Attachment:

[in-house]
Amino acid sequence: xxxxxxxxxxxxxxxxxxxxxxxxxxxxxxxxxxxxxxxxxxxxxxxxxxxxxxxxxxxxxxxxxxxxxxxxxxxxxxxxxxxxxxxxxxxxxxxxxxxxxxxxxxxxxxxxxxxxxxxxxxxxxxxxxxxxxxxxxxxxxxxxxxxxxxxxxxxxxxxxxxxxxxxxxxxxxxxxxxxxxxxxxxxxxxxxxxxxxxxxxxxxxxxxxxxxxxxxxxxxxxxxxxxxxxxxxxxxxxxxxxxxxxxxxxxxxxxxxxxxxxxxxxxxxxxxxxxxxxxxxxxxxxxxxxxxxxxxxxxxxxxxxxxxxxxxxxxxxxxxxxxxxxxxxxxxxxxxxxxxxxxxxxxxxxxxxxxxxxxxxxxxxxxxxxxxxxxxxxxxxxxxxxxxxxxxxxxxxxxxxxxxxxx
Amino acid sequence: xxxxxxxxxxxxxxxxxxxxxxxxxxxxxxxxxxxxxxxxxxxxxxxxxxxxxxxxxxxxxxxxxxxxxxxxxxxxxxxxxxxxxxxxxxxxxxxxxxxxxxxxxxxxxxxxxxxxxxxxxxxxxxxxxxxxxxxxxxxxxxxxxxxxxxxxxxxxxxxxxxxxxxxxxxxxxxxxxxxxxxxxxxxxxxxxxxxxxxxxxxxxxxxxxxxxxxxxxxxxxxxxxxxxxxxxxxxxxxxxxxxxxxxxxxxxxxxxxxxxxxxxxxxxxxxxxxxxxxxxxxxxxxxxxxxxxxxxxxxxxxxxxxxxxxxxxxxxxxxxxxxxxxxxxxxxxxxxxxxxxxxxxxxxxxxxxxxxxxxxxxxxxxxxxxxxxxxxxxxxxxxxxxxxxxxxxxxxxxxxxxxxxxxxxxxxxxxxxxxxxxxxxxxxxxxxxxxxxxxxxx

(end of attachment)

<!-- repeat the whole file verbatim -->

[in-house]
Amino acid sequence: xxxxxxxxxxxxxxxxxxxxxxxxxxxxxxxxxxxxxxxxxxxxxxxxxxxxxxxxxxxxxxxxxxxxxxxxxxxxxxxxxxxxxxxxxxxxxxxxxxxxxxxxxxxxxxxxxxxxxxxxxxxxxxxxxxxxxxxxxxxxxxxxxxxxxxxxxxxxxxxxxxxxxxxxxxxxxxxxxxxxxxxxxxxxxxxxxxxxxxxxxxxxxxxxxxxxxxxxxxxxxxxxxxxxxxxxxxxxxxxxxxxxxxxxxxxxxxxxxxxxxxxxxxxxxxxxxxxxxxxxxxxxxxxxxxxxxxxxxxxxxxxxxxxxxxxxxxxxxxxxxxxxxxxxxxxxxxxxxxxxxxxxxxxxxxxxxxxxxxxxxxxxxxxxxxxxxxxxxxxxxxxxxxxxxxxxxxxxxxxxxxxxxxx
Amino acid sequence: xxxxxxxxxxxxxxxxxxxxxxxxxxxxxxxxxxxxxxxxxxxxxxxxxxxxxxxxxxxxxxxxxxxxxxxxxxxxxxxxxxxxxxxxxxxxxxxxxxxxxxxxxxxxxxxxxxxxxxxxxxxxxxxxxxxxxxxxxxxxxxxxxxxxxxxxxxxxxxxxxxxxxxxxxxxxxxxxxxxxxxxxxxxxxxxxxxxxxxxxxxxxxxxxxxxxxxxxxxxxxxxxxxxxxxxxxxxxxxxxxxxxxxxxxxxxxxxxxxxxxxxxxxxxxxxxxxxxxxxxxxxxxxxxxxxxxxxxxxxxxxxxxxxxxxxxxxxxxxxxxxxxxxxxxxxxxxxxxxxxxxxxxxxxxxxxxxxxxxxxxxxxxxxxxxxxxxxxxxxxxxxxxxxxxxxxxxxxxxxxxxxxxxxxxxxxxxxxxxxxxxxxxxxxxxxxxxxxxxxxxx